|A pastoral Florida scene, but what's under the water?|
I was talking the other day with my critique partner about a popular event in the Big Lake area, a festival I missed. It’s called Mud Fest, and it occurs each year at this time. The article about it in the paper focused on the controversy between the fun seekers and the environmentalists over whether driving four wheel drive vehicles through wetlands is ecologically sound. Well, of course it’s not. But the thought of churning up the wetlands with those giant, really behemoth wheels got me thinking about what else other than vegetation and probably snakes, toads, and frogs might be uprooted. I thought of a dead body, and knew I had to attend this event next year. The opportunity to locate a body in all that muck is just too appealing for a mystery writer.
There are the usual spots for placing bodies to be discovered by amateur sleuths, unknowing passersby or police such as face-up (or face-down) in a swimming pool or other body of water—I wonder why they’re rarely found at the bottom of the pool. Imagine how exciting a read if someone dove innocently into the water and landed on a body. That gets the adrenaline pumping more than a casual, “Oh look. There’s a body in the Smithington’s pool.”
In abandoned houses, on the street, in the trunks of cars, in a garbage dump, in churches, apartments, state parks, on beaches, in motels, bodies find their way into the most familiar places in our lives. How about some uncommon ones? This is my favorite way to go. Put the body someplace unexpected. Give your reader an extra shot of surprise and do it in the first five pages of the book, of course. You can see why Mud Fest churned up more than dirty swamp water for me.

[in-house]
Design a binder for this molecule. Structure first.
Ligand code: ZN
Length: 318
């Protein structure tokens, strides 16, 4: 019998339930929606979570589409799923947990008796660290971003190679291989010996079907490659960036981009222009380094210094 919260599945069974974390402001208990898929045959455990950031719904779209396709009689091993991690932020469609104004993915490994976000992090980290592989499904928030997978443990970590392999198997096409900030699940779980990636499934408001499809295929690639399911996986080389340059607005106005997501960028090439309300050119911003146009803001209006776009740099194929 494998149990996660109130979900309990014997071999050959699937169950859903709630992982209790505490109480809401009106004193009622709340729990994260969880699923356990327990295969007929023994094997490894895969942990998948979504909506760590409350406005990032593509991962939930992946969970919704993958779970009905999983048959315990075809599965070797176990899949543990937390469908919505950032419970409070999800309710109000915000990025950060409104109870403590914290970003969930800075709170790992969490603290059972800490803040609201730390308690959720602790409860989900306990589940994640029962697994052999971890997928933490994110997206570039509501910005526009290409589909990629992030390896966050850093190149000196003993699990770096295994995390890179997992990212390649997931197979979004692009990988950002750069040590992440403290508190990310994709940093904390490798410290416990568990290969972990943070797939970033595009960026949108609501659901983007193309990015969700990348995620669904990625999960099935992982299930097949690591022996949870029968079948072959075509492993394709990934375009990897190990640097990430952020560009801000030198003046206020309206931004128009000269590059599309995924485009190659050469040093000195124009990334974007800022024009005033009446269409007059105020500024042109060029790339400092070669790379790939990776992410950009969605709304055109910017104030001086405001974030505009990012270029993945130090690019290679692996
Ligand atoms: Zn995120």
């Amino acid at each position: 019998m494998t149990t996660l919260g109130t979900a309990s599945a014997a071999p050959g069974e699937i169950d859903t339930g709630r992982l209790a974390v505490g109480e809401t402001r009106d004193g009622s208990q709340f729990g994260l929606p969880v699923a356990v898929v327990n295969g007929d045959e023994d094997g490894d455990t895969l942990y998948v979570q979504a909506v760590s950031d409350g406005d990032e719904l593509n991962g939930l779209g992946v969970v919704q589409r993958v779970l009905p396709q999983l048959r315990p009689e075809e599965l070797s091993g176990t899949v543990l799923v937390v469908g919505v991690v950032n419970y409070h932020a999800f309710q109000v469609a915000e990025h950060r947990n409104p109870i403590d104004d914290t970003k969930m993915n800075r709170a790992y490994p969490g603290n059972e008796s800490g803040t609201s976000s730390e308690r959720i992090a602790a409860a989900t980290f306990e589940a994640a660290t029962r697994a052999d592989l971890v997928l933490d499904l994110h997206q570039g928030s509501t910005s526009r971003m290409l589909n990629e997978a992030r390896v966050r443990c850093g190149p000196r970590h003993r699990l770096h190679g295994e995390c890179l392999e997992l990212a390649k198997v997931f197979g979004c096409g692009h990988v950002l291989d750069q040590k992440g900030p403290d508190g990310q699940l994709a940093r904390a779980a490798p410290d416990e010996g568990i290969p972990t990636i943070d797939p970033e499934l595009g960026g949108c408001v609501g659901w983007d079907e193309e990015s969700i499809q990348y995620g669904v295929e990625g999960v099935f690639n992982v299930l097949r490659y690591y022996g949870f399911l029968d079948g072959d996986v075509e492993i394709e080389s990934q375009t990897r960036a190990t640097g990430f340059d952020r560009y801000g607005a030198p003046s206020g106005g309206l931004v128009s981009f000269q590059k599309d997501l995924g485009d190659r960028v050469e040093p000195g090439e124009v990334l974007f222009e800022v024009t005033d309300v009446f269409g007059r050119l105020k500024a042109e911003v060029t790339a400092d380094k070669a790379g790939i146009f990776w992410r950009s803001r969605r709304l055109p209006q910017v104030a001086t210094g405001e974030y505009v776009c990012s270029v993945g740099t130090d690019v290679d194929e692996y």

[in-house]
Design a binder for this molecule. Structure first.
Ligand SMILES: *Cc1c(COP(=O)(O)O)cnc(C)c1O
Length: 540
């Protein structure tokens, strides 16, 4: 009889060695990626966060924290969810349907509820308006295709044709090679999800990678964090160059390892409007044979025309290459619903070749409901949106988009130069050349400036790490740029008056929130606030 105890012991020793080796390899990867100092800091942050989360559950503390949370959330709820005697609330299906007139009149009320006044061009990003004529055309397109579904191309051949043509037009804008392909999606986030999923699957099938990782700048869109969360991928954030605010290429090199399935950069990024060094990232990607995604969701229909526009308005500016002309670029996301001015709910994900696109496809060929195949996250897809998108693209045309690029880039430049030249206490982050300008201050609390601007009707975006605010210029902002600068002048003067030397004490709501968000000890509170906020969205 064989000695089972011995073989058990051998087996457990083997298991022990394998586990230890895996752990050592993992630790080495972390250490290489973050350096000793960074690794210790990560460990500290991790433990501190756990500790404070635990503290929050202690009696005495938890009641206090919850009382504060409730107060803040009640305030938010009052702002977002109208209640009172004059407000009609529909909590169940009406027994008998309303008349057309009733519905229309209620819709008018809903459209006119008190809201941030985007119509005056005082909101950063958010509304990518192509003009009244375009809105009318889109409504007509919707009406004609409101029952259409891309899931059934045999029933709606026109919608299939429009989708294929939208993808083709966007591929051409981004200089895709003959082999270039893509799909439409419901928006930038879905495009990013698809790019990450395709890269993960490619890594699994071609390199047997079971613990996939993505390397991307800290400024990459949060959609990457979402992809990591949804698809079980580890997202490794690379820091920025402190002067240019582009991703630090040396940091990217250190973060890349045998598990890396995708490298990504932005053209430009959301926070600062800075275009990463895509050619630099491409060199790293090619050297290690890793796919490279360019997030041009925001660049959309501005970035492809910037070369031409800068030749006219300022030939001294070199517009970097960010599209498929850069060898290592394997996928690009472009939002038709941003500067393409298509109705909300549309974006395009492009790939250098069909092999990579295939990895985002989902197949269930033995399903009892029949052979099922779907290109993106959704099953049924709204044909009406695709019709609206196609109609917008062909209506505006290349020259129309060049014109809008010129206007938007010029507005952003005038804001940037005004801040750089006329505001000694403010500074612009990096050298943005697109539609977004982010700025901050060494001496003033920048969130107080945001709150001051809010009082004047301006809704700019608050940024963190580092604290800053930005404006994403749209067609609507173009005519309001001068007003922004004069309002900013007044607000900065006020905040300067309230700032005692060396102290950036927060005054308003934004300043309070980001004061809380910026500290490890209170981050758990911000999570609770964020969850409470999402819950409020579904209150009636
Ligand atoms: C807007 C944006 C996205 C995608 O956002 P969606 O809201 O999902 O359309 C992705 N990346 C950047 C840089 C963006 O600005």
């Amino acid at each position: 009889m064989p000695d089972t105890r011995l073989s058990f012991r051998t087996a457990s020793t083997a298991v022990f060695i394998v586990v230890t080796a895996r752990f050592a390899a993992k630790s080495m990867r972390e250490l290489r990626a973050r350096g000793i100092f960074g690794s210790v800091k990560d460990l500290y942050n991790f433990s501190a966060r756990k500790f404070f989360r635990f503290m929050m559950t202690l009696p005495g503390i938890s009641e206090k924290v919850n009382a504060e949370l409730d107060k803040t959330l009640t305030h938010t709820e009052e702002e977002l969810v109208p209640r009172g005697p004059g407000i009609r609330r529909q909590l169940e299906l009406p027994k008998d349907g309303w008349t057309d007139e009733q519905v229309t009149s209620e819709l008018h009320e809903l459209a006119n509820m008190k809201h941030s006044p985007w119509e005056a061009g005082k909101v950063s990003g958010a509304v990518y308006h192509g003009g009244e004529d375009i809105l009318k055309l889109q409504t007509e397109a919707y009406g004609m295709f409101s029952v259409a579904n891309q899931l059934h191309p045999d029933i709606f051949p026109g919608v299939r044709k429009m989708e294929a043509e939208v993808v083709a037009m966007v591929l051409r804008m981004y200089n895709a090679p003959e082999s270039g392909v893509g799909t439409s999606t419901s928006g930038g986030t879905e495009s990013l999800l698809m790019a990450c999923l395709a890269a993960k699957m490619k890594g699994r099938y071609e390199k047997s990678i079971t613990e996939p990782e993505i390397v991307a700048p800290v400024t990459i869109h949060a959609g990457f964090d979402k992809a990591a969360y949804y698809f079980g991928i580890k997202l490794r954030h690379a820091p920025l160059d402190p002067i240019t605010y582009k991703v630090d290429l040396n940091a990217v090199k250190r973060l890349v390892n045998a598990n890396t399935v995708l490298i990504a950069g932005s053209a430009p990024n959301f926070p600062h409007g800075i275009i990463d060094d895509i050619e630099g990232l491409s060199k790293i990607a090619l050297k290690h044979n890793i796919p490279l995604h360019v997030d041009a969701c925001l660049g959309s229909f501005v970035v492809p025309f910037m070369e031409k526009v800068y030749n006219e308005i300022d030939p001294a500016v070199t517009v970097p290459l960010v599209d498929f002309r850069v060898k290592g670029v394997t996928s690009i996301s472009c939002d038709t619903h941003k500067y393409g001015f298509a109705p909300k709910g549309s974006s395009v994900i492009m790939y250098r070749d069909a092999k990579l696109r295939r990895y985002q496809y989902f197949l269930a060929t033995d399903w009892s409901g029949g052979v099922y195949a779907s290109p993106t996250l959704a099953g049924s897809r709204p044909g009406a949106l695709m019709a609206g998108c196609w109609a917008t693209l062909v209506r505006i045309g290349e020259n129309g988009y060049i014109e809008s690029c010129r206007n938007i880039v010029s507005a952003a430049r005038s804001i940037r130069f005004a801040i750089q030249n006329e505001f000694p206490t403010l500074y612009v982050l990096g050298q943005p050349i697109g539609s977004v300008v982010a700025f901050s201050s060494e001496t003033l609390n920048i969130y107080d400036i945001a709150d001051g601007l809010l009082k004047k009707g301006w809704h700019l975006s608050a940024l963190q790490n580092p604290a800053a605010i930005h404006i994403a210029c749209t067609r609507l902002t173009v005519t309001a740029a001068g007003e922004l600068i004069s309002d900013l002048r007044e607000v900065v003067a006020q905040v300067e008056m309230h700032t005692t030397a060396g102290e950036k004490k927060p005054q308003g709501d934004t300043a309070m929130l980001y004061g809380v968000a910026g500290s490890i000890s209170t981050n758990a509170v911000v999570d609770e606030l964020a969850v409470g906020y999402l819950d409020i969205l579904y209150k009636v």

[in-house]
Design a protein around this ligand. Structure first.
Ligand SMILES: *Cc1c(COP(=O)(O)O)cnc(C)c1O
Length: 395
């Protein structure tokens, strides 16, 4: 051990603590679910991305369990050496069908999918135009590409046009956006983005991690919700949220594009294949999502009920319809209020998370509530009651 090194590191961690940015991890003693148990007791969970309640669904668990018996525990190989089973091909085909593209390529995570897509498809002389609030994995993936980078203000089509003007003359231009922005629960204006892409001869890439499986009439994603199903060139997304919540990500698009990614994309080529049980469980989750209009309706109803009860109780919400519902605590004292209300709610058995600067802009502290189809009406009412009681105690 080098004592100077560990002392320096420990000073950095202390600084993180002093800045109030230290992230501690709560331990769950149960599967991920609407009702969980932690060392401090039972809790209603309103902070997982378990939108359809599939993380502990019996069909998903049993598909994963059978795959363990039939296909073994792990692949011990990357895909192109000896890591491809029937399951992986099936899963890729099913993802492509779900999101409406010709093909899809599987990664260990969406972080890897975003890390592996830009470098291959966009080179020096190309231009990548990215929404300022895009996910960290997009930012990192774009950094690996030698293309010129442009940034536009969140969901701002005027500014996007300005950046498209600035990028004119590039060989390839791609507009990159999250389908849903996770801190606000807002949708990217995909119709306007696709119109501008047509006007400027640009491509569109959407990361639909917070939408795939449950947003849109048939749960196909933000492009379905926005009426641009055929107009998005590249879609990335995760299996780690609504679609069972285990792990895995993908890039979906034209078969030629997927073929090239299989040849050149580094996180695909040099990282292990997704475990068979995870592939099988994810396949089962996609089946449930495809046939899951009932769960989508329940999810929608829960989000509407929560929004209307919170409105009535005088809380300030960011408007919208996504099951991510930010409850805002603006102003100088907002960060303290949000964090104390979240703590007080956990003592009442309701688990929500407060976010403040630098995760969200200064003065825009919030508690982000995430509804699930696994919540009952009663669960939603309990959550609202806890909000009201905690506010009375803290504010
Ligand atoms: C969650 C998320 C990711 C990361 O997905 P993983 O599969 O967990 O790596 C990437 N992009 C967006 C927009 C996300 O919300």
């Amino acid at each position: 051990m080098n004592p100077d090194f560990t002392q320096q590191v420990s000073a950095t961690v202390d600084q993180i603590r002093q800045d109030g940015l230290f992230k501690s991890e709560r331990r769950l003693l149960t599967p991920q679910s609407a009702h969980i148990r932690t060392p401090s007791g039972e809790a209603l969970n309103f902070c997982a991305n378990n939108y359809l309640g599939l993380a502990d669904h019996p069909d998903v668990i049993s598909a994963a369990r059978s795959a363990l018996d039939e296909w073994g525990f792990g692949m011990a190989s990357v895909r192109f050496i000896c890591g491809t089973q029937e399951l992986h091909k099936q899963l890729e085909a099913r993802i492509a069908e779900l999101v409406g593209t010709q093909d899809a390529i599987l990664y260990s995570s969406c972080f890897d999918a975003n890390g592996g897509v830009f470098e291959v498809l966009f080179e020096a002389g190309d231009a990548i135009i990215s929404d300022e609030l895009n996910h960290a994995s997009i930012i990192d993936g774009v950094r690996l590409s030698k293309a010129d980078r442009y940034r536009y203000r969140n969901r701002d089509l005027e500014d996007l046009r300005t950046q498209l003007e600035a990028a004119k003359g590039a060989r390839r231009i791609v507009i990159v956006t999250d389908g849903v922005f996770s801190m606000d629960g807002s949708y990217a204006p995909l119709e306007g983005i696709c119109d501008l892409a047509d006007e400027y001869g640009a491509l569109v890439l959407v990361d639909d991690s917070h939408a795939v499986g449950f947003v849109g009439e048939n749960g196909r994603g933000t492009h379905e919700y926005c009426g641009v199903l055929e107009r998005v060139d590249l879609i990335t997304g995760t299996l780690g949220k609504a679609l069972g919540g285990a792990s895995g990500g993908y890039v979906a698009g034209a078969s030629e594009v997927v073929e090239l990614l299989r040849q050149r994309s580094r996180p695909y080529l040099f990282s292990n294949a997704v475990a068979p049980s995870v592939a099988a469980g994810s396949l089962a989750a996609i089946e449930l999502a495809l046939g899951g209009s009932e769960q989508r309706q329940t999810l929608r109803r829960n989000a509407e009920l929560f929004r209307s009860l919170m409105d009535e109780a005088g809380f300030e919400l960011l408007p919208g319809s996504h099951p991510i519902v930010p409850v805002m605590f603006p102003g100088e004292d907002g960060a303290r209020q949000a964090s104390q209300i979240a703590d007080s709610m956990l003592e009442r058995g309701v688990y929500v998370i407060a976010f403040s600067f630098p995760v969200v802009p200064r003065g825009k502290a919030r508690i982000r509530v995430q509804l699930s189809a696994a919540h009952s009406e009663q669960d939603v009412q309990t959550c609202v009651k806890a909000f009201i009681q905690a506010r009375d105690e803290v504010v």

Here are some of my favorite locations: in a brew barn from A Deadly Draught or in the dumpster of a classy country club as in Dumpster Dying. Perhaps in a beer cooler at a barbeque festival. This one is the location in the second of my Big Lake mysteries entitled Grilled, Chilled and Killed due out this fall. I do not avoid the more mundane locations, but I may sprinkle the scene with mysterious or, in the case of a humorous mystery, funny elements to get the reader’s attention. For example, in Grilled, Chilled and Killed, the body is not only stiffening up in a beer cooler but it is covered with barbeque sauce and someone has shoved an apple in the victim’s mouth. An over-the-top description of the body, but the clues are significant in solving the murder.
In my brewer’s series Hera, my protagonist, has found her neighbor’s body on his brew barn floor. In the second book, someone else discovers a body, but it is in her brew barn. Now the brew barn has become an almost mundane place for murder, but in this case the question surrounding the death is whether it was suicide or murder.
If murder is not shocking enough, the writer can always locate a body in a wholly unexpected place. It’s an attention grabber, and one the writer can use to advantage by making the location generate its own set of clues.
How do you like your bodies? With a double shot of surprise, murder plus odd location, or decaffeinated, face-down in the Smithington’s pool?